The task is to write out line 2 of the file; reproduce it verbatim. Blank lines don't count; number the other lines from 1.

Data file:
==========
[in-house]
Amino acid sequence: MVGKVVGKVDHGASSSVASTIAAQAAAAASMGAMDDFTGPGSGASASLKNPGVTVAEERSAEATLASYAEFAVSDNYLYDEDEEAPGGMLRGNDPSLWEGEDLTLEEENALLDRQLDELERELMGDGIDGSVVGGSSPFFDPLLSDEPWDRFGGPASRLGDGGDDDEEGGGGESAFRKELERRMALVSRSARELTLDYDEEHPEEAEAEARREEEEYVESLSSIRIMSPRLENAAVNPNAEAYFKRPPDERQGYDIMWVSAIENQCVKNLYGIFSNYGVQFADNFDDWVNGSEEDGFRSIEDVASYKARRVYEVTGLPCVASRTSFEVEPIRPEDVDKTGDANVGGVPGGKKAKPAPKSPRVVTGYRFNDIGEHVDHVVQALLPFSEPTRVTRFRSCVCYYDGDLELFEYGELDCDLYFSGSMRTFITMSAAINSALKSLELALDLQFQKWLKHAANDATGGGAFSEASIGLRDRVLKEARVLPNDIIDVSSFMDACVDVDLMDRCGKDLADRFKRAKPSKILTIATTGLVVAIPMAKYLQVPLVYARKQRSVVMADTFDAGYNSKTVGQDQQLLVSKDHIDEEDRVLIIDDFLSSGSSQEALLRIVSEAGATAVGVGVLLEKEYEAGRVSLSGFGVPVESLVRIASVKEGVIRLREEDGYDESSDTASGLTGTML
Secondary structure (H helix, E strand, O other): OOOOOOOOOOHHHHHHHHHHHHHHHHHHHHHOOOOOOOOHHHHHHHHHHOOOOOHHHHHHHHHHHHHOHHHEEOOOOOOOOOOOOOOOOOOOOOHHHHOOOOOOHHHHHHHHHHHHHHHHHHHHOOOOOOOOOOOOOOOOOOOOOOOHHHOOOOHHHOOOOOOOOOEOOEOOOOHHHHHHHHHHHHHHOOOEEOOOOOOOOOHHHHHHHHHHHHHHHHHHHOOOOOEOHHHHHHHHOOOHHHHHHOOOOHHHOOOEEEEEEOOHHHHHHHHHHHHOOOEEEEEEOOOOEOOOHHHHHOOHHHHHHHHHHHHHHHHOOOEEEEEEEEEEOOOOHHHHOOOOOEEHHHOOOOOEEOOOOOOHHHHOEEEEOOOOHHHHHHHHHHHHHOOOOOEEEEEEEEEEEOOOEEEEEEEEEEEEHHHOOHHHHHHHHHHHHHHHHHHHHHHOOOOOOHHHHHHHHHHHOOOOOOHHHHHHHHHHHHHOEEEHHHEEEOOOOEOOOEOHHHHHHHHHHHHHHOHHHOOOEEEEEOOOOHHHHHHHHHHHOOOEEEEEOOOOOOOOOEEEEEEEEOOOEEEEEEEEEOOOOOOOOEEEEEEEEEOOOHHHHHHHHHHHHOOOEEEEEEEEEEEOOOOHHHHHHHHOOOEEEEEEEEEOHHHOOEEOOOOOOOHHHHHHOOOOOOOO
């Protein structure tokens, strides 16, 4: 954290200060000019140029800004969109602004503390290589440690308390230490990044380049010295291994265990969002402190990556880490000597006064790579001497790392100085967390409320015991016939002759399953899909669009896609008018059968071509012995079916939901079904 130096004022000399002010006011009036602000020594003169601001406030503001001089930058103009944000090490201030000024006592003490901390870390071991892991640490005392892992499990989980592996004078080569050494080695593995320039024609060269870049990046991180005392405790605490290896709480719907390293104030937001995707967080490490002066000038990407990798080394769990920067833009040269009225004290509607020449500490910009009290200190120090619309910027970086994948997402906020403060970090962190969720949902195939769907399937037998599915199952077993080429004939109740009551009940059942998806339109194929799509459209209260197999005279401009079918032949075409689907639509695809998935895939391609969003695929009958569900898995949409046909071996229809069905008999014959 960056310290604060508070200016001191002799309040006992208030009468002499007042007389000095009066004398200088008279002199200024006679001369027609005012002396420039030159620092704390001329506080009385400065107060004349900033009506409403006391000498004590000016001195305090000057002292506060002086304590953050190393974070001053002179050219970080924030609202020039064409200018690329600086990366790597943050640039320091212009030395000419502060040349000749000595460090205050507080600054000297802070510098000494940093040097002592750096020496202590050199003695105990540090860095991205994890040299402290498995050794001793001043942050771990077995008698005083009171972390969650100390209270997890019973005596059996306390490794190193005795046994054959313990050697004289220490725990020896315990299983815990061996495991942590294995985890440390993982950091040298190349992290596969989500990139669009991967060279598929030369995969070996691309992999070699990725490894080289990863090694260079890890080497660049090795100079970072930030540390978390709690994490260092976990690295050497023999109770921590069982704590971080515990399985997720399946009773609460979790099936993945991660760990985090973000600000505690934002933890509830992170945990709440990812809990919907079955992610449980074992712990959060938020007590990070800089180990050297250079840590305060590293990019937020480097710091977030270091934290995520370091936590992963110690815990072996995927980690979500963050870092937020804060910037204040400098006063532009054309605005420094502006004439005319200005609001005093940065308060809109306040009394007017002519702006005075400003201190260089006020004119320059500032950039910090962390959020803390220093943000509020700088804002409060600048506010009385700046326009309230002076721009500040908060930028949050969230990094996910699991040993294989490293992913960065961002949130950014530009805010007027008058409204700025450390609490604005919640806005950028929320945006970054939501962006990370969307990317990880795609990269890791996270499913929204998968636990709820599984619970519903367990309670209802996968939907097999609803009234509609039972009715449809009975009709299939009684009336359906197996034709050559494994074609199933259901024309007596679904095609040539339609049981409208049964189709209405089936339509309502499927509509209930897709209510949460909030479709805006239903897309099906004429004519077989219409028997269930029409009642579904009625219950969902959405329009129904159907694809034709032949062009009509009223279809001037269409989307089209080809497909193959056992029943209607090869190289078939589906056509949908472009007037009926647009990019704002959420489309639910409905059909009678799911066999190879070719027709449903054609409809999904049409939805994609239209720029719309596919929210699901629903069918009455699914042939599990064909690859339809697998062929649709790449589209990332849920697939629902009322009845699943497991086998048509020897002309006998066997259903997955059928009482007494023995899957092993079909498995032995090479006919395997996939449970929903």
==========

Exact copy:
Amino acid sequence: MVGKVVGKVDHGASSSVASTIAAQAAAAASMGAMDDFTGPGSGASASLKNPGVTVAEERSAEATLASYAEFAVSDNYLYDEDEEAPGGMLRGNDPSLWEGEDLTLEEENALLDRQLDELERELMGDGIDGSVVGGSSPFFDPLLSDEPWDRFGGPASRLGDGGDDDEEGGGGESAFRKELERRMALVSRSARELTLDYDEEHPEEAEAEARREEEEYVESLSSIRIMSPRLENAAVNPNAEAYFKRPPDERQGYDIMWVSAIENQCVKNLYGIFSNYGVQFADNFDDWVNGSEEDGFRSIEDVASYKARRVYEVTGLPCVASRTSFEVEPIRPEDVDKTGDANVGGVPGGKKAKPAPKSPRVVTGYRFNDIGEHVDHVVQALLPFSEPTRVTRFRSCVCYYDGDLELFEYGELDCDLYFSGSMRTFITMSAAINSALKSLELALDLQFQKWLKHAANDATGGGAFSEASIGLRDRVLKEARVLPNDIIDVSSFMDACVDVDLMDRCGKDLADRFKRAKPSKILTIATTGLVVAIPMAKYLQVPLVYARKQRSVVMADTFDAGYNSKTVGQDQQLLVSKDHIDEEDRVLIIDDFLSSGSSQEALLRIVSEAGATAVGVGVLLEKEYEAGRVSLSGFGVPVESLVRIASVKEGVIRLREEDGYDESSDTASGLTGTML